number of cointegrating relations, and with more than two I(1) variables under consideration, the
possibility of multiple cointegration vectors cannot be ruled out. Further, in a panel context the
possibility that different cross-sectional units may have different orders of cointegration cannot
be dismissed either.
To assess the cointegration rank, we turn to the LR-bar test of Larsson, Lyhagen and
Lothgren (2001) and the panel version of the PC-bar test of Harris (1997) proposed by Larsson
and Lyhagen (2000). As already mentioned, we proceed in two stages. We first use the LR-bar
test to establish the maximum cointegrating rank – i.e., the maximum number of cointegrating
relations present in any of the panel‘s cross-sectional units (countries). We then use the panel
version of the PC-bar test to establish the minimum cointegrating rank.
As Panel B of Table 2 reports, the LR-bar test overwhelmingly rejects the null that the
maximum rank is zero (the test statistic of 9.03 is far above the 5% critical value of 1.96), but
cannot reject a maximum rank of one. In turn, panel C shows that the PC-bar test cannot reject a
15
minimum cointegrating rank of one – the computed test statistic of 1.21 is well below the critical
5% value of 1.96.
Since the maximum cointegration rank from the LR-bar test and the minimum
cointegration rank from the PC-bar test coincide, the null hypothesis of a common cointegrating
rank for all countries in the panel cannot be rejected. Hence, taken together the test results imply
that, for each of the sample countries, there exists one single cointegrating vector among the four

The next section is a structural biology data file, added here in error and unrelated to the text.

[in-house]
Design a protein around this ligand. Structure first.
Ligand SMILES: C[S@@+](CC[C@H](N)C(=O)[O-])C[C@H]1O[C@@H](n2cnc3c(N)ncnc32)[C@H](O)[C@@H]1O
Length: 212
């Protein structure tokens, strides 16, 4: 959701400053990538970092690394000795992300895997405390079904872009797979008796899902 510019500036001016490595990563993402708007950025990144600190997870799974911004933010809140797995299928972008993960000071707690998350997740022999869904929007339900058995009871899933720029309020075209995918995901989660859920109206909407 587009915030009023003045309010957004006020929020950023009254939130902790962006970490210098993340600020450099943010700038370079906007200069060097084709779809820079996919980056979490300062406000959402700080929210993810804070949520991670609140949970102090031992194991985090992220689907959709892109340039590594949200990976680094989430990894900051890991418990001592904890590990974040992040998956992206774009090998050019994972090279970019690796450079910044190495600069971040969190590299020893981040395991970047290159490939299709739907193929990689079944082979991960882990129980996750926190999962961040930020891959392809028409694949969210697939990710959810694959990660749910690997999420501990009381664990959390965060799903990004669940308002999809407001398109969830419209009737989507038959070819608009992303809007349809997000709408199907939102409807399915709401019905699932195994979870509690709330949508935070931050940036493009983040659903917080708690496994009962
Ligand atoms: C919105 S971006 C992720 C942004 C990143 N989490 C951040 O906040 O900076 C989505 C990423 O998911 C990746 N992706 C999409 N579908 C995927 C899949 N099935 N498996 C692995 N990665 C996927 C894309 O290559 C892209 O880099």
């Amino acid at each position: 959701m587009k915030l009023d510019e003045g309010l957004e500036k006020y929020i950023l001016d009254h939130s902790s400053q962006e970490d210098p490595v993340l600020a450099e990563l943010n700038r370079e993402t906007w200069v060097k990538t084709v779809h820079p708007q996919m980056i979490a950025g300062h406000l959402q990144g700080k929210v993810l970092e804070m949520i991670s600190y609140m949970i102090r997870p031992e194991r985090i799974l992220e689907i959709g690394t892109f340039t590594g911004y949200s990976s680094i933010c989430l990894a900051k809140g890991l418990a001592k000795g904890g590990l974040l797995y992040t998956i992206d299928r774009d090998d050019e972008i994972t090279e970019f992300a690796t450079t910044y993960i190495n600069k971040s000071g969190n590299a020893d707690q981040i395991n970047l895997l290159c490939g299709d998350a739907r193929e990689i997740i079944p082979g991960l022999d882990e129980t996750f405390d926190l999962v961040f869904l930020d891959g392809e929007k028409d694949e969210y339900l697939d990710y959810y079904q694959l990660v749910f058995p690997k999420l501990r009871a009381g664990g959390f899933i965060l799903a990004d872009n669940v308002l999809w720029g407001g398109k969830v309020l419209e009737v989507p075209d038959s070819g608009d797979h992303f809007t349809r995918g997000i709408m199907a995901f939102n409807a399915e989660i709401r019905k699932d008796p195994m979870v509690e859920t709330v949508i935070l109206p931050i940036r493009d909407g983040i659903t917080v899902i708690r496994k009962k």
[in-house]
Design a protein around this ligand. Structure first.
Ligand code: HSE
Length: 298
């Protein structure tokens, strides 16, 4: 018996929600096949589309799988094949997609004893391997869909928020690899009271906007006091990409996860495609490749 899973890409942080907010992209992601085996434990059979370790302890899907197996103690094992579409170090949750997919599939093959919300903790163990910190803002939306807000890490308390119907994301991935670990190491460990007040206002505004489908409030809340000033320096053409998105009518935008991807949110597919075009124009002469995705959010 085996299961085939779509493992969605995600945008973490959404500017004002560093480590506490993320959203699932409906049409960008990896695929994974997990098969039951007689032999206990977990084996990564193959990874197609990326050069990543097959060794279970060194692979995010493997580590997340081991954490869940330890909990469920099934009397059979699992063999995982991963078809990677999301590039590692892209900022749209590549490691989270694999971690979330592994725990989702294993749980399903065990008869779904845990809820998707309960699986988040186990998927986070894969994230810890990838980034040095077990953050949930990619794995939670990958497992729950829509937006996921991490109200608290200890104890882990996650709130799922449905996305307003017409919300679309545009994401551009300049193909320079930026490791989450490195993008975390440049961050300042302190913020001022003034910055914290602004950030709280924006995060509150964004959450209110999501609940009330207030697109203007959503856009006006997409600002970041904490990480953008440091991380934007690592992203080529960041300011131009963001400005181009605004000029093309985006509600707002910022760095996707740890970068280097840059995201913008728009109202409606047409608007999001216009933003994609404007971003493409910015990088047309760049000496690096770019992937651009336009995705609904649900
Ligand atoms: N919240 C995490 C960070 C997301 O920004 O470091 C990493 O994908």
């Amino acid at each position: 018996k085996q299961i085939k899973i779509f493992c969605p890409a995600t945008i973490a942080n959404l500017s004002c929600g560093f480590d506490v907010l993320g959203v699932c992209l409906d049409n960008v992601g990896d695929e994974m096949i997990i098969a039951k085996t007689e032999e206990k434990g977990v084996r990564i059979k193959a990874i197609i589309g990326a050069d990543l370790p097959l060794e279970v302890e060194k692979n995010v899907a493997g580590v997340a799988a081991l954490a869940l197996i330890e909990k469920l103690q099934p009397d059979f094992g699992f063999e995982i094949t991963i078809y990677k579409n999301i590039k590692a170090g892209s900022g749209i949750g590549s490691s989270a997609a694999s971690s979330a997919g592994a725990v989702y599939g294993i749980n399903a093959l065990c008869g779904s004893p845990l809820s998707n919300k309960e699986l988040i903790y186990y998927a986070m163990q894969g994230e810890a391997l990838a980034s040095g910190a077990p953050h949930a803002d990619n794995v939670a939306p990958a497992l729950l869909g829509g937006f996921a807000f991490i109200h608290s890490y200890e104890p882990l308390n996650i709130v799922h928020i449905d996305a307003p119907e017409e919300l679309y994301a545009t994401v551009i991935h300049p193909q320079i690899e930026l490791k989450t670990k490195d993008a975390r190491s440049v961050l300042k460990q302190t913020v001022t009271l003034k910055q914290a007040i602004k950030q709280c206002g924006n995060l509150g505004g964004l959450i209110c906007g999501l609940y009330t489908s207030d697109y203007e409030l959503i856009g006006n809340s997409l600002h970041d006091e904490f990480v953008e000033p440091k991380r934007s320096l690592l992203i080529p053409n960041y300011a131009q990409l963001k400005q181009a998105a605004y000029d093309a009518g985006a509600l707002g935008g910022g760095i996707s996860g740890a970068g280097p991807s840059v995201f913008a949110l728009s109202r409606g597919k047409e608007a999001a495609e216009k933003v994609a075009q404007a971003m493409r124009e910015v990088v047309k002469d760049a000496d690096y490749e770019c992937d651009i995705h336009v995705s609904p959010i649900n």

variables in our study, which we shall interpret as the infrastructure-augmented production
function.
4.2 Estimation results
The next step is to estimate the parameters of the single cointegrating vector, which in
principle might differ across countries. As discussed, we opt for the PMG estimator of Pesaran,
Shin and Smith (1999), which estimates the coefficients of the long-run relation along with those
characterizing the short-term dynamics. We use Hausman specification tests to assess the
validity of the homogeneity restrictions imposed by PMG on the long-run parameters.
Table 3 reports a variety of PMG estimates of the long-run parameters, using alternative
dynamic specifications – i.e., different orders of the ARDL formulation of the equation of
interest– and including time dummies to account for common factors (columns 1-5) or excluding
them (column 6). The first thing to note is that, with the exception of the last column in the table,
the parameter estimates in the different columns are very similar to each other. They are also
very precisely estimated, which is unsurprising given the large number of observations (over
3,500) and the relatively parsimonious model employed.
In the first column, the order of the ARDL specification is determined (separately for
each country) using the Schwarz criterion, subject to a maximum of two lags for both the
dependent and independent variables. The estimated coefficient of the capital stock is 0.34, very
close to the values commonly encountered in the empirical macroeconomic literature. The
coefficient of the human capital variable is 0.10, likewise in the range of previous estimates in
the literature, while that of the synthetic infrastructure index equals 0.08.27 All three estimates
27
The estimated coefficient of human capital ranges from 0.08-0.085 in Bloom et al. (2004), to 0.11-0.13 in Temple
(1998), and 0.06-0.11 in Miller et al. (2002). On the other hand, our estimated coefficient of infrastructure capital is
similar to those reported by Le and Suruga 2005 (0.076 ), Eisner 1991 (0.077), Duffy-Deno et al. 1991 (0.081), and
Mas et al. 1996 (0.086).
16
are significantly different from zero at the 1 percent level. Further, the Hausman tests of
parameter homogeneity, reported also in the table, show little evidence of cross-country
heterogeneity of any of the individual parameters (all the p-values exceed 0.20). The same
applies to the Hausman test of the joint null of homogeneity of all parameters, reported at the